Dr Jordan Waiti cares about people, their health and wellbeing, and in particular he cares about Māori youth. Jordan (Ngāti Pikiao, Te Rarawa, Ngāti Haupoto, Ngaati Maahanga) is fluently bilingual. He’s worked as a community health consultant and is now teaching community health papers at the University of Waikato. He also teaches surfing and snorkelling, but not at the University.

What brought you to the University of Waikato?

I’d done a little bit of guest lecturing at Otago University in the mid-2000s. That was after I did my bachelor, Honours and masters qualifications in Physical Education there. I really enjoyed the engagement with students and the enthusiasm they showed when learning. I later moved back to the Waikato and worked as a Māori Health Consultant based out of Whaingaroa/Raglan. I finished my PhD through Massey University in 2015 and waited for a position to come up at Waikato.

What did you study for your PhD?

My doctorate focussed on Māori notions of ‘Resilience’ and how they are utilised by whānau who have experienced adversity. Most of my research expertise has been broadly based in the area of Māori health.

For the past 11 years I have also worked as a volunteer for the Te Taitimu Youth Trust in Hawke’s Bay, with tamariki and mokopuna. I believe it’s important to work positively with children at grass-roots level to ensure they have the strength and capacity to lead fulfilling lives. Recently I’ve begun working alongside Water Safety NZ in communities to help promote their message - ‘kia maanu kia ora – stay afloat, stay alive’.

And I think having worked in the community, doing the practical stuff helps my teaching. I’ve got real-word examples, first-hand experience to call on. As an undergrad at Otago I remember fondly all the practical aspects of the degree. These experiences have remained with me, so I try to replicate some of that in my teaching wherever I can.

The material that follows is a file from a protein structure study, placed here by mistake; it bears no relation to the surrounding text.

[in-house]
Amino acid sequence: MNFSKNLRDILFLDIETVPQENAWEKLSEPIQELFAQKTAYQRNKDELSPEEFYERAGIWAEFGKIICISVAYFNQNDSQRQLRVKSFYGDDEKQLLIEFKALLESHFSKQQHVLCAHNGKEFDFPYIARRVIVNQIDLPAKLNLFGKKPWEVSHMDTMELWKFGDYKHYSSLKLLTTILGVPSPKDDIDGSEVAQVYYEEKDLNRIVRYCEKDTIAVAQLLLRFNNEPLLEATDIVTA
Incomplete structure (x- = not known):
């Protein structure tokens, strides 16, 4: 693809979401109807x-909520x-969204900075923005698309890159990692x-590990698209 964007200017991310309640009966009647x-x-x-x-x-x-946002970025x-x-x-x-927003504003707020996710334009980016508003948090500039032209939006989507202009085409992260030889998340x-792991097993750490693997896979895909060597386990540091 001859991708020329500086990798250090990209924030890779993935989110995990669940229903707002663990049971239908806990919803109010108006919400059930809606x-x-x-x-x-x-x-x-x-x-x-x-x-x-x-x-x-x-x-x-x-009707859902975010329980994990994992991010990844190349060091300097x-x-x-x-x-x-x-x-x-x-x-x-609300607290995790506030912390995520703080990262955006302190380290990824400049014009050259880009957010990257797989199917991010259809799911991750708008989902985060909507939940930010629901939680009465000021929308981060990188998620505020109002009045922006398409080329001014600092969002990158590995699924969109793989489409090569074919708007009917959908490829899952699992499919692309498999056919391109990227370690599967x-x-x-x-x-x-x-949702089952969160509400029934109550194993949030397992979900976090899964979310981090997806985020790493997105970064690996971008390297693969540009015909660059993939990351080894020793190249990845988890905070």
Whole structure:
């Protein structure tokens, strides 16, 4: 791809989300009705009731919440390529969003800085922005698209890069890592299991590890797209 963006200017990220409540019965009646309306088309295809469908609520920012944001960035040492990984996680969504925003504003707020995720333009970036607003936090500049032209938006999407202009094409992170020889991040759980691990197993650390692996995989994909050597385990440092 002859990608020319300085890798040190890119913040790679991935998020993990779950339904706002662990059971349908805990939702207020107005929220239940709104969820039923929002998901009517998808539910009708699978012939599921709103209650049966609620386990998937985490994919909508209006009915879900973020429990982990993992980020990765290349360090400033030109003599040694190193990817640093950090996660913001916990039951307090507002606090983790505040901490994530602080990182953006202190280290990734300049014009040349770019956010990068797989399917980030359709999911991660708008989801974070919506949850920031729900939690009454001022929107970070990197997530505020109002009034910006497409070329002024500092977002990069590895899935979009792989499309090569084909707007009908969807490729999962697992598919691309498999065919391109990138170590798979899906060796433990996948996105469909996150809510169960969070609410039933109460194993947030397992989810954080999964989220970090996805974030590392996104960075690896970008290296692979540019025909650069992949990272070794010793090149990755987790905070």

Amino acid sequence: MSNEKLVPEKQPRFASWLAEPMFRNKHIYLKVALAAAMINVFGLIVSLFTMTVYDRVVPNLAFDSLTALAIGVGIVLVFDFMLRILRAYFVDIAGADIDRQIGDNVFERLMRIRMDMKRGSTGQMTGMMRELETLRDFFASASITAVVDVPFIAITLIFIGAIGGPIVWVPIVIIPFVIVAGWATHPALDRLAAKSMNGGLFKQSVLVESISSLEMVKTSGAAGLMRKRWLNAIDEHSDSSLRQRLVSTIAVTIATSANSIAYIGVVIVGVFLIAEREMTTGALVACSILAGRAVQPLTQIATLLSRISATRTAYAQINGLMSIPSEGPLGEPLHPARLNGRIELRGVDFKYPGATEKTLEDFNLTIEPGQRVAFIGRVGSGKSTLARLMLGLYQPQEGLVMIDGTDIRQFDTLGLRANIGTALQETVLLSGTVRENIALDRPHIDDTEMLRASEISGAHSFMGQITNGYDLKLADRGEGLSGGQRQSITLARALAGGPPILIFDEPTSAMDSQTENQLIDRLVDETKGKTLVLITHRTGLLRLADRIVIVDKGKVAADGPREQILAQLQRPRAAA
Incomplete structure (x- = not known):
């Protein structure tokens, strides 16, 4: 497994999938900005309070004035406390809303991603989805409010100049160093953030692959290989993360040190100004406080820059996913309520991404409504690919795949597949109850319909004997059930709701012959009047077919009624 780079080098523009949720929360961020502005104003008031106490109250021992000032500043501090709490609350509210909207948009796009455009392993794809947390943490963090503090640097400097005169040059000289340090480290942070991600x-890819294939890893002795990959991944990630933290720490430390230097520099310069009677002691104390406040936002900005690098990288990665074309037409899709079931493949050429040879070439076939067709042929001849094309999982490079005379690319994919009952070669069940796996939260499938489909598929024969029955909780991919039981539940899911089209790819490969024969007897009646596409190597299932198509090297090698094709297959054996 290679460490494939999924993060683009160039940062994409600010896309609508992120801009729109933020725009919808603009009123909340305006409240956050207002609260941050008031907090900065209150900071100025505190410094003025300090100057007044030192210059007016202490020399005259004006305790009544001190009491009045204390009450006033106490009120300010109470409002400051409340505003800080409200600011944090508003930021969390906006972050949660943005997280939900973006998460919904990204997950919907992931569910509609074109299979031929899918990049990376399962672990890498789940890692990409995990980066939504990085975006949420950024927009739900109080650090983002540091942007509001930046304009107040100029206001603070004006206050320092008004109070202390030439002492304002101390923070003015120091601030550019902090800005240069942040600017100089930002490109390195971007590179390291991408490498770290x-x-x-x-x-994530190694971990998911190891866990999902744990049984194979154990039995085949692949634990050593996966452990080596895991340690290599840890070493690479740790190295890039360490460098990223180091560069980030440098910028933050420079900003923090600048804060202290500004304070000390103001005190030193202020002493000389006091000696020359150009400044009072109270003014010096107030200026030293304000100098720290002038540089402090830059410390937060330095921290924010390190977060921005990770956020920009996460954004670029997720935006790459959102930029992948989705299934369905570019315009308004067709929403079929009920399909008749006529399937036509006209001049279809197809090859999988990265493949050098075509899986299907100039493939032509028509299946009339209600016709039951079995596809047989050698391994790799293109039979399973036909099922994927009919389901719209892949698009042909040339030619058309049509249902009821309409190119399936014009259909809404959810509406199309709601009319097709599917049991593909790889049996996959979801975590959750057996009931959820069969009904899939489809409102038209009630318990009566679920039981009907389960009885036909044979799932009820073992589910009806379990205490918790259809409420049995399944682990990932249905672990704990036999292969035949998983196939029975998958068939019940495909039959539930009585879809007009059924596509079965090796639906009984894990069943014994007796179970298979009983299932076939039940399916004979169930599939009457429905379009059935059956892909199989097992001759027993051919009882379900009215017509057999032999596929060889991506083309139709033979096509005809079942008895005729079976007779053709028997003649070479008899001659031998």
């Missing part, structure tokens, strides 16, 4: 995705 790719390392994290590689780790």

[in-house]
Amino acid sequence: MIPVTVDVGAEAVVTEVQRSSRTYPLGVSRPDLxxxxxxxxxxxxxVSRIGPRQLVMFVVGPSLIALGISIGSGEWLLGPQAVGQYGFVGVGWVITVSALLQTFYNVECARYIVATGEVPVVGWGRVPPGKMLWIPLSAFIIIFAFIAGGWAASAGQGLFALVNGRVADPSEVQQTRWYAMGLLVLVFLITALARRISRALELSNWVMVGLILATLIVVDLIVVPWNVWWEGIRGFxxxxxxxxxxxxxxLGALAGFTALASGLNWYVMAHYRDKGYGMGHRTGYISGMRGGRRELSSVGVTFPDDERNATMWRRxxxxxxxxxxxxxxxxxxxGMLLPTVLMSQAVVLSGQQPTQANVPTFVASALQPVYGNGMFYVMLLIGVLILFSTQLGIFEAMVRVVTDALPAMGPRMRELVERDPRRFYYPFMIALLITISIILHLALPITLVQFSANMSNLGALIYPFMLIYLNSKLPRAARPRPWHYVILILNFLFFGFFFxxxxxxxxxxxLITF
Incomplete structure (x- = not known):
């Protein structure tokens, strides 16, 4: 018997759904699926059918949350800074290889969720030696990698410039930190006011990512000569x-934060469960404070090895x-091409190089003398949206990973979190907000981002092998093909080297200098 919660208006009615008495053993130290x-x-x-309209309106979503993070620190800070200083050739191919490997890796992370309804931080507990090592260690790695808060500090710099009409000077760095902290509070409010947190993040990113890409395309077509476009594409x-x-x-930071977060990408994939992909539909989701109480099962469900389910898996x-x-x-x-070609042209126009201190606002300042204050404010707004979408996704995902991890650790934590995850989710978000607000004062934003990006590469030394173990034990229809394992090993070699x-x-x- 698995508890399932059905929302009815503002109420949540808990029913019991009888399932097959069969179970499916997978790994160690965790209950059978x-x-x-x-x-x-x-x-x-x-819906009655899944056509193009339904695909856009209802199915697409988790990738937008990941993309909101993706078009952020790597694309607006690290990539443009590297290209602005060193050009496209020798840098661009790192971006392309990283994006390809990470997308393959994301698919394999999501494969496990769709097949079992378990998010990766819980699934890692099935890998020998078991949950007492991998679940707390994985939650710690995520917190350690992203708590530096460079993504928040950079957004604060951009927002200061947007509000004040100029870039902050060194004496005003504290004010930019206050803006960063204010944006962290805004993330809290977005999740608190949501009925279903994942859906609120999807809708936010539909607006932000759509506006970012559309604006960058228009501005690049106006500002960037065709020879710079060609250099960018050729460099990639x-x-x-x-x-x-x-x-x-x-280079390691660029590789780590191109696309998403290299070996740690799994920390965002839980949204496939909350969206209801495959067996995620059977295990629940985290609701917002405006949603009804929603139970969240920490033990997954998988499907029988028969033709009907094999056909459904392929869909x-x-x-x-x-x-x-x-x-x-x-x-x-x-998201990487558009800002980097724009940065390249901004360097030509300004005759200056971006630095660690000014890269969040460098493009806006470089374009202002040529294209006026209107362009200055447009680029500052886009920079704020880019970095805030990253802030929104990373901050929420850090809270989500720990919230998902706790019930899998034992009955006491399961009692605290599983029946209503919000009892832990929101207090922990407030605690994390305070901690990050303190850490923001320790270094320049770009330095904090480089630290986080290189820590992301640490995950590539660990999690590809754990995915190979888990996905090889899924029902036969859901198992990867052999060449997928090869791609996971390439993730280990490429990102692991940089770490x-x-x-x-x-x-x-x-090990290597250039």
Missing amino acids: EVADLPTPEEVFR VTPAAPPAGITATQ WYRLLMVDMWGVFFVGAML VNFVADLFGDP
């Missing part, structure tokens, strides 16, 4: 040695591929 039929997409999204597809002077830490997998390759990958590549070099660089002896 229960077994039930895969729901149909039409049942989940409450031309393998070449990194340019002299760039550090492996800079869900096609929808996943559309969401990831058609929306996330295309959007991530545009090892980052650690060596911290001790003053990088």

You’ve only been with us a short time, what’s been your overall impression of Waikato Uni?

I’ve really enjoyed my time here so far. The support I’ve received from colleagues in my Faculty, as well as from other Māori throughout the University has been really helpful.

I like the forward thinking and progressive initiatives that are occurring here in Te Huataki Waiora. A key role I want to progress is the development of Māori achievement within our faculty and to increase Māori research capacity and capability. I’m also keen to see more aspects of Māori included in our papers within the faculty.

And of course, the Faculty of Māori and Indigenous Studies is world leading in terms of Māori and Indigenous Studies. What I like about teaching is that I can pass on skills and knowledge to students who can then go out and work with their whānau, hapu and iwi.

Do you have any special teaching techniques that you find help students to learn or engage better?

I’ve tried to incorporate as much Māori content in my papers as possible. For some Māori students, the use of cultural concepts within the papers they study helps them relate better to the content. Consequently, they are better placed to pass their courses.

What do you want to change or influence?

Māori health and wellbeing is a broad topic, so I’ve tried to concentrate on areas that I have experience in (including lived experience). I concentrate on mental health and overall wellbeing with a focus on Māori youth and communities. I also have an interest in Mātauranga Māori (traditional knowledge), and its applicability to the struggles of modern day life. That’s something I’m keen to investigate further.

What do you do to relax?

Anything in the water; snorkelling, diving, stand-up paddle boarding and surfing, and I teach it as well. These ocean-based activities reaffirm my connections to our ātua such as Tangaroa and Hinemoana, my ancestors, and to the various kaitiaki throughout the regions.

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